WASHINGTON — The New York Times is asking the Foreign Intelligence Surveillance Court to unseal secret documents related to the wiretapping of Carter Page, the onetime Trump campaign adviser at the center of a disputed memo written by Republican staffers on the House Intelligence Committee.
The motion is unusual. No such wiretapping application materials apparently have become public since Congress first enacted the Foreign Intelligence Surveillance Act in 1978. That law regulates electronic spying on domestic soil — the interception of phone calls and emails — undertaken in the name of monitoring suspected spies and terrorists, as opposed to wiretapping for investigating ordinary criminal suspects.
Normally, even the existence of such material is a closely guarded secret. While applications for criminal wiretaps often eventually become public, the government has refused to disclose the contents of applications for intelligence wiretaps — even to defendants who are later prosecuted on the basis of information derived from them.
But President Trump lowered the shield of secrecy surrounding such materials on Friday by declassifying the Republican memo about Mr. Page, after finding that the public interest in disclosing its contents outweighed any need to protect the information. Because Mr. Trump did so, The Times argues, there is no longer a justification “for the Page warrant orders and application materials to be withheld in their entirety,” and “disclosure would serve the public interest.”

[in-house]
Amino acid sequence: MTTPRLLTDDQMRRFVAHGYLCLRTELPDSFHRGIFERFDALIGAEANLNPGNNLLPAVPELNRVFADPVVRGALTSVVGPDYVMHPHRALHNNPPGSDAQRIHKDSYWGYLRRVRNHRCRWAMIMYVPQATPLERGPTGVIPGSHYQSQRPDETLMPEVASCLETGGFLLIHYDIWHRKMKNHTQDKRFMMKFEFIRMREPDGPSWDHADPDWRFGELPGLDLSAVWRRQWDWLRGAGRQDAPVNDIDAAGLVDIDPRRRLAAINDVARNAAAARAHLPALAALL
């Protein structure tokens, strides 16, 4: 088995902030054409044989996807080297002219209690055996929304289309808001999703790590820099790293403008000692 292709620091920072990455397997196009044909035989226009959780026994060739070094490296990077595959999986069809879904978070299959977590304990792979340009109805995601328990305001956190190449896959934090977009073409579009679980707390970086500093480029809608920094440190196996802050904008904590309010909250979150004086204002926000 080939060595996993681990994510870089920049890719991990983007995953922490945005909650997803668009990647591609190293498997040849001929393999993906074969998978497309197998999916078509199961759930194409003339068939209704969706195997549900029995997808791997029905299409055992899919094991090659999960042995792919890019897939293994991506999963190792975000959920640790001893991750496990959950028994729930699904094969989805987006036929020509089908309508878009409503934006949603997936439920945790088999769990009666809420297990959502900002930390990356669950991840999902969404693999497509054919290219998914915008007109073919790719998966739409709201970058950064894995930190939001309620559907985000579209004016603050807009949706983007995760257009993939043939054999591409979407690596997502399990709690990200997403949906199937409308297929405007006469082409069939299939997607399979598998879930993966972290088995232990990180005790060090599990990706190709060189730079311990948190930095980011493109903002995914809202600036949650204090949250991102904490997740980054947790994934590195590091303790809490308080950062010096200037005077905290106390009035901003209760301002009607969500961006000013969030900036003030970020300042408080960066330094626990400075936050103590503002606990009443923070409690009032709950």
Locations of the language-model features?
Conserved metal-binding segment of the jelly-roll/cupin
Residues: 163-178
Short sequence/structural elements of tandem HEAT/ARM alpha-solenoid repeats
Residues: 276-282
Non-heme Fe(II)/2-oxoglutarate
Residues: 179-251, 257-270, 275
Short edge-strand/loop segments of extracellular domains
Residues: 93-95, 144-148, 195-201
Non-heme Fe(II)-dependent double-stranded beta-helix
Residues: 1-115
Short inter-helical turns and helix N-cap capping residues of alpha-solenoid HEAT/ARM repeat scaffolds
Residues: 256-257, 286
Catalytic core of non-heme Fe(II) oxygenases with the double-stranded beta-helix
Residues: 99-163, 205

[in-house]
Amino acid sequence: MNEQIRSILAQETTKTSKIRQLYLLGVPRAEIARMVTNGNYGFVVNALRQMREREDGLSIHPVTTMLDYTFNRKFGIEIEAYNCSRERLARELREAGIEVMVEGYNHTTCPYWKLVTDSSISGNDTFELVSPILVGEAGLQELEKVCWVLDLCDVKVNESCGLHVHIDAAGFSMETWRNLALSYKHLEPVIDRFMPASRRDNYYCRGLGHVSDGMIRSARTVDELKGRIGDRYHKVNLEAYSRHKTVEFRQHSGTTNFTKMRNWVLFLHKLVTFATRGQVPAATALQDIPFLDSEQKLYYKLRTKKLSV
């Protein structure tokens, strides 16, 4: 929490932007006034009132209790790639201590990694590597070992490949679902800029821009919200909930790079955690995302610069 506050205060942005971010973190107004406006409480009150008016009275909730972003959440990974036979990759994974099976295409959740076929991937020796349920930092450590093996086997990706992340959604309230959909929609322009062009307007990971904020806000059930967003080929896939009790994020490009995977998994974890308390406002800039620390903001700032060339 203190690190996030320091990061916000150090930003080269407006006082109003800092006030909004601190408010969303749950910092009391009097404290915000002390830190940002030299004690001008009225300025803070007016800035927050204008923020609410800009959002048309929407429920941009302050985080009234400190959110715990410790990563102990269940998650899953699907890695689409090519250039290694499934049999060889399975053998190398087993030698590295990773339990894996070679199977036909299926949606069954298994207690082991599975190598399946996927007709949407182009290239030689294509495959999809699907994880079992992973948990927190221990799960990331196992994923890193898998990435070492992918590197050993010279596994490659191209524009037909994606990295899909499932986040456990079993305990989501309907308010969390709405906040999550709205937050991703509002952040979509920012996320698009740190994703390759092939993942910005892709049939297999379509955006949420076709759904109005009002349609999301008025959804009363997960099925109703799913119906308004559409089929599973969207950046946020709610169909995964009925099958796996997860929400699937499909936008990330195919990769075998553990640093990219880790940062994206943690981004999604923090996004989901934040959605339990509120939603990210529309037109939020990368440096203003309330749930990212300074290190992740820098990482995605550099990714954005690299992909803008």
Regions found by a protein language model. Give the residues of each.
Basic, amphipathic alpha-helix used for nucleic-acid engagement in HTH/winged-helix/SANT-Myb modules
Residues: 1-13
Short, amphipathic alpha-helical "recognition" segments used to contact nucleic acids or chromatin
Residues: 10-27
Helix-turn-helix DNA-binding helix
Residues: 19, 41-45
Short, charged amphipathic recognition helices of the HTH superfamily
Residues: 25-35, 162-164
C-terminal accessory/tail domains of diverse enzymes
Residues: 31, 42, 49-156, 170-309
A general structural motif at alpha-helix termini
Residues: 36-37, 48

The Republican memo acknowledged that the intelligence court had approved surveillance targeting Mr. Page in October 2016 and later approved three applications for 90-day extensions, meaning he was observed for at least a year under the warrant. The memo named the officials who signed off on the applications and described purported claims and purported omissions in those materials. Read more...